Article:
Within Downtown there are eight distinctive neighborhoods offering a variety of fun and interesting things to see and do. From the classical European architecture and world-renowned art institutions in the Mt. Vernon Cultural District to ballgames at Camden Yards, paddle boats and Chesapeake Bay cuisine at the Inner Harbor, and South Baltimore's rich revolutionary history, to the unique Westside, home to the University of Maryland and the nation's oldest continuously-operating public market, Fells Point, known for its eclectic shops and lively nightlife, City Center, Baltimore's center for business and government, and finally Historic Charles Street's chic shops, art galleries and abundant fine dining.
Thank you for choosing to visit Downtown Baltimore, an unforgettable place you will surely agree is the "Greatest City in America."
Historic Charles Street
Long considered Baltimore's Main Street, Historic Charles Street is one of America's oldest thoroughfares. A world-renowned shopping district in the early 20th Century, it serves as an historic link between the City's business district and its northern communities, and is home to some of the area's most exciting galleries, shops and ethnic restaurants.
Mount Vernon Cultural District
The heart of Baltimore's cultural realm, Mount Vernon has an abundance of museums, galleries, historically preserved homes and churches, unique shops, restaurants offering eclectic cuisine and world-renowned art institutions. Its four European-style parks surrounding the nation's first monument to George Washington.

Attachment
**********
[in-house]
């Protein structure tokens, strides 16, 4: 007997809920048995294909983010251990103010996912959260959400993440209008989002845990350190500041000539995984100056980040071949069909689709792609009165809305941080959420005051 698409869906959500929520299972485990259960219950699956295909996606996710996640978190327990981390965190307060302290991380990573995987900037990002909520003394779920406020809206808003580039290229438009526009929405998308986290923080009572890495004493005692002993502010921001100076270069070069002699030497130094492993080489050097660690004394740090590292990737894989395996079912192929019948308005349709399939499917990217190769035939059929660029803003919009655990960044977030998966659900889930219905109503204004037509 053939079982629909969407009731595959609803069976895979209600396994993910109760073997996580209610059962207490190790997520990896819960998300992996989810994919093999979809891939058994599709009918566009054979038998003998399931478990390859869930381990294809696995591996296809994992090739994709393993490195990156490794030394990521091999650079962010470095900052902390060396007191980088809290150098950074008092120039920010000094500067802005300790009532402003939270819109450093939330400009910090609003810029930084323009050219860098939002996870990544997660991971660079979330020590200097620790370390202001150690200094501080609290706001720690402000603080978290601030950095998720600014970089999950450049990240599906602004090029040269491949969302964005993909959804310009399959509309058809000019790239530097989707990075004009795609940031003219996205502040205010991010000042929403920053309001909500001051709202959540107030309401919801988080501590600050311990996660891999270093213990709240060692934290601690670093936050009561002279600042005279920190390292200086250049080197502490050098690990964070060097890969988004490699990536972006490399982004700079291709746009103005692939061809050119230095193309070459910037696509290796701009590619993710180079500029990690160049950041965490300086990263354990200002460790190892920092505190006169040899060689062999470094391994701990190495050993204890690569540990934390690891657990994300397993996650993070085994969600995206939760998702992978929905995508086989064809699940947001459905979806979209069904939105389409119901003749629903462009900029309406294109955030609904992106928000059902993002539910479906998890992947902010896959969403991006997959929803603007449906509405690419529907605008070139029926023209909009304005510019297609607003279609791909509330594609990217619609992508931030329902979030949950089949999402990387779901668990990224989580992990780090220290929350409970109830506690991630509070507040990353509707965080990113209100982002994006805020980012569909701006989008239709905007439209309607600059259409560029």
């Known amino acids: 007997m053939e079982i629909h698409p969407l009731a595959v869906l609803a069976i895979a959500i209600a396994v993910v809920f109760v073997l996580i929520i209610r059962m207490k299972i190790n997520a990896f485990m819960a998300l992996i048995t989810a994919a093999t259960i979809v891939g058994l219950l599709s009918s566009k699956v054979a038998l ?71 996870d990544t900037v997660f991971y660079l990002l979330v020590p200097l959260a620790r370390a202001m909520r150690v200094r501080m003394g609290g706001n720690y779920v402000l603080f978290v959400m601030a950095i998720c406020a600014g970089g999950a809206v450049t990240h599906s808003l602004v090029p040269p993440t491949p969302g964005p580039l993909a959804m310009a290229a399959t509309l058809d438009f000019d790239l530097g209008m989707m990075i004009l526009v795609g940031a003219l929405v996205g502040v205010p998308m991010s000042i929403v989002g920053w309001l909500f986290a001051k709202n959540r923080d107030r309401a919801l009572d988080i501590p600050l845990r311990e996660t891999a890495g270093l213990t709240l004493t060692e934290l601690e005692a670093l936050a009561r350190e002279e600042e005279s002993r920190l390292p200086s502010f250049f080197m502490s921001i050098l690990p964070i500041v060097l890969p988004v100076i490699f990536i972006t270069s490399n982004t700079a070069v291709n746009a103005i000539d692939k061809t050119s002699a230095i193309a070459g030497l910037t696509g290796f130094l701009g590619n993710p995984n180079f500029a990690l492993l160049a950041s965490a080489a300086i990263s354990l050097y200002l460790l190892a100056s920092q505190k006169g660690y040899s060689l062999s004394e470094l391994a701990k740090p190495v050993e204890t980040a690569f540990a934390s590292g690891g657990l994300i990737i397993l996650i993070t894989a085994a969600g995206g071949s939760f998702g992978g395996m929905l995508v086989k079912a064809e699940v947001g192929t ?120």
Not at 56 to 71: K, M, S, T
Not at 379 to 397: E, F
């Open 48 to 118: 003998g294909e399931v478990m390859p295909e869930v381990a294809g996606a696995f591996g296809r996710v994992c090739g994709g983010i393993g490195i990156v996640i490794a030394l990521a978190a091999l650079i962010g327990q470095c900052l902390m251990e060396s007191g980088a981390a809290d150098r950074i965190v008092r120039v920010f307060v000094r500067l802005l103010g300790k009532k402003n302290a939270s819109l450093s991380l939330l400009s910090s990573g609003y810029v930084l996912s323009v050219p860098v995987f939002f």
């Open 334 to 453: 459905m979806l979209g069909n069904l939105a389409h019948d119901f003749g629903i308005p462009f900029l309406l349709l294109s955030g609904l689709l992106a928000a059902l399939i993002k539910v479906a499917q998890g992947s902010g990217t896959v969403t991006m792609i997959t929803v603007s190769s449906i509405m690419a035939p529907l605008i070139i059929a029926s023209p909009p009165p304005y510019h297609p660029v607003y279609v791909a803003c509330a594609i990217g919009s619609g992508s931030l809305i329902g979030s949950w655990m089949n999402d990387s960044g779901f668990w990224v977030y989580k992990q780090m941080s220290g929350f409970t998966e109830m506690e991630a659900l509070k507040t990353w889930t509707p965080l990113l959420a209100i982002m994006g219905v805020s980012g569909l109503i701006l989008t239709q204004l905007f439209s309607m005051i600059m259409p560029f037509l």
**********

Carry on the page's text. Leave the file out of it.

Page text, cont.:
Amid the many university students, eminent medical buildings, funky lofts, unique stores and world-renowned food market, you'll find a part of the City undergoing a huge renaissance further adding to its rich history of culture and diversity. In the Westside you'll find the roots of Baltimore's famous retail industry and classic centuries-old architecture.
City Center is the region municipal, business and financial center. Here you'll find classic early 20th Century buildings nestled among modern skyscrapers, Baroque-revival City Hall, Baltimore's War Memorial Plaza, serene open spaces, and plenty of unique places to eat and drink.
Originally a 17th century port, the Inner Harbor now offers open-air entertainment, great shops, restaurants and bars, paddleboats, dolphin shows, seasonal celebrations, harbor cruises and more. Just a few steps away across President Street are Historic Jonestown, with its numerous landmarks, museums and cultural sites; Little Italy, a cozy neighborhood of ethnic charm and great restaurants; and Inner Harbor East, one of Baltimore's newest waterfront communities.